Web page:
Even professional counselors are embracing this holistic type of treatment[6] because they feel that the health of the mind and body are inextricably linked. This approach combines physical, spiritual, and psychological components. Common activities and treatments include meditation, yoga, massage, and healthy changes to diet and exercise.

If much of this is new to you, it will pay to give it a try. You never know how it will impact you.

If you’re feeling self-conscious about how your body looks, a massage that makes you feel great could boost your confidence. If you try a new workout, you could have something exciting to talk about the next time you’re in a group setting.

Putting yourself in a new situation and learning that you can get through it with grace can give you the confidence to get through all sorts of events and nerve-wracking moments.

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6. Make the Changes That Are Within Your Control

Let’s say you walk into a room and you’re self-conscious about how you look. However, you may have put a lot of time and effort into your outfit. Even though it may stand out, this is how you have chosen to express yourself.

You have to work on your internal confidence, not your external appearance. There’s nothing to change other than your outlook.

On the other hand, maybe there’s something that you don’t like about yourself that you can change. For example, maybe you hate how a birthmark on your face looks or have varicose veins that you think are unsightly. If you can do something about these things, do it! There’s nothing wrong with changing your appearance (or skills, education, etc.) if it’s going to make you more confident.

You don’t have to accept your current situation for acceptance’s sake. There’s no award for putting up with something you hate. Confidence is also required to make changes that are scary, even if they’re for the better. Plus, it may be an easier fix than you thought. For example, treating varicose veins doesn’t have to involve surgery — sometimes simple compression stockings will take care of the problem.[7]

7. Realize That Everyone Has Awkward Moments

Everyone has said something awkward to someone else and lived to tell the tale. We’ve all forgotten somebody’s name or said, “You too!” when the concession stand girl says to enjoy our movie. Not only are these things uber-common, but they’re not nearly as embarrassing as you feel they are.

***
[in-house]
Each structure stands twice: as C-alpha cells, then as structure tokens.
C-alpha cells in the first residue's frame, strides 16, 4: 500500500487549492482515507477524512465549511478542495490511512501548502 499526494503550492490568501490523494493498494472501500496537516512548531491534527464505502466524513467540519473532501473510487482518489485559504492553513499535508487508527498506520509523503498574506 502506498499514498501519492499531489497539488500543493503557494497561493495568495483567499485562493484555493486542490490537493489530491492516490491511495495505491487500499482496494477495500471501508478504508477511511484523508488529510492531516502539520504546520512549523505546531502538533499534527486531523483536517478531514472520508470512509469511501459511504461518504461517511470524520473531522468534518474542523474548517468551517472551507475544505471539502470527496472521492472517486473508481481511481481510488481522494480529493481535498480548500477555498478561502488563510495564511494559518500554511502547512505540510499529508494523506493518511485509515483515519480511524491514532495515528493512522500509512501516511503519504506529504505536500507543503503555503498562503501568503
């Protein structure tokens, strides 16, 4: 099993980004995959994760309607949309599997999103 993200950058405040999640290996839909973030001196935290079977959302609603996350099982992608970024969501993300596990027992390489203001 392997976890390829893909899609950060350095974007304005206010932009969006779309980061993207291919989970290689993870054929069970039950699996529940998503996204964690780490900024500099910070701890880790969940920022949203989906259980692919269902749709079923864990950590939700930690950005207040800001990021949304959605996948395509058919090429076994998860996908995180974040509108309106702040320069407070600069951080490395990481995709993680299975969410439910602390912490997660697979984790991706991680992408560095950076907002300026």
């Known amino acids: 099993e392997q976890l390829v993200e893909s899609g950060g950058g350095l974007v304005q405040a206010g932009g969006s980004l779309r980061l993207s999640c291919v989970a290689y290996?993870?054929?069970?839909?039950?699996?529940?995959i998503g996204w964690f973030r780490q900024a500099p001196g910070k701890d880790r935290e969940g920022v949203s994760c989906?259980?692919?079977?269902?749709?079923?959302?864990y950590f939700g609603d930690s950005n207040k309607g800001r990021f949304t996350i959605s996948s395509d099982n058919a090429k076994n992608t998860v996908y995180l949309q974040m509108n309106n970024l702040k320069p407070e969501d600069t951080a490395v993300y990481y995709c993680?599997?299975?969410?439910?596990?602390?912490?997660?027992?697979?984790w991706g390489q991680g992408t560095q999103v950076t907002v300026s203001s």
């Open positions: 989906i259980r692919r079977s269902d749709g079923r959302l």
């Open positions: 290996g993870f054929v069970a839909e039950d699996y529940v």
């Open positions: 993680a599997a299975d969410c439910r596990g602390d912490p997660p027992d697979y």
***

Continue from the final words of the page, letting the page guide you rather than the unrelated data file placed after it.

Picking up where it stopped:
Think about how you react when someone else does something awkward. Do you think, “Wow, that person’s such a loser!” or do you think, “What a relief, I’m not the only one who does that.” Chances are good that’s the same reaction others have to you when you stumble.

Remember, self-consciousness is a state of mind that you have control over. You don’t have to feel this way. Do what you need to in order to build your confidence, put your self-consciousness in perspective, and start exercising your “I feel awesome about myself” muscle. It’ll get easier with time.

When Is Being Self-Conscious a Good Thing?

Self-consciousness can sometimes be a good thing[8], but you have to take the awkwardness and nerves out of it.

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In this case, “self-aware” is a much better term. Knowing how you come off to people is an excellent trait; you’ll be able to read a room and understand how what you do and say affects others. These are fantastic skills for people work and personal relationships.

Self-awareness helps you dress appropriately for the occasion, tells you that you’re talking too loud or not loud enough, and guides a conversation so you don’t offend or bore anyone.

It’s not about being someone you’re not — that can actually have adverse effects, just like self-consciousness. Instead, it’s about turning up certain aspects of yourself to perform well in the situation.

Final Thoughts

When you’re self-conscious, you’re constantly battling with yourself in an effort to control how other people view you. You try to change yourself to suit what you think other people want to see.

The truth, though, is that you can’t actually control how other people view you — and you may not even be correct about how they view you in the first place.

Being confident doesn’t happen overnight. Instead, it happens in small steps as you slowly build your confidence and say “no” to your self-consciousness. It also requires accepting that you’re going to feel self-conscious sometimes, and that’s okay.

Sometimes worrying that there is a problem can be more stressful than the problem itself. Feeling bad for feeling self-conscious can be more troublesome than simply feeling it and getting on with the day.

Forgive yourself for being human and make the small changes that will lead to better confidence in the future.

More Tips for Improving Your Self-Esteem

Featured photo credit: Cata via unsplash.com

Reference

[1] Merriam-Webster: Self-conscious
[2] Bustle: 7 Tips On How To Stop Feeling Self-Conscious
[3] Marc and Angel: 10 Things to Remember When You Feel Unsure of Yourself
[4] Bostitch: How to Protect Small Businesses From Burnout
[5] Psychology Today: Self-conscious? Get Over It
[6] Wake Forest University: Embracing Holistic Medicine
[7] Center for Vein Restoration: What Causes Venous Ulcers, and How Are They Treated?
[8] Scientific American: The Pros and Cons of Being Self-Aware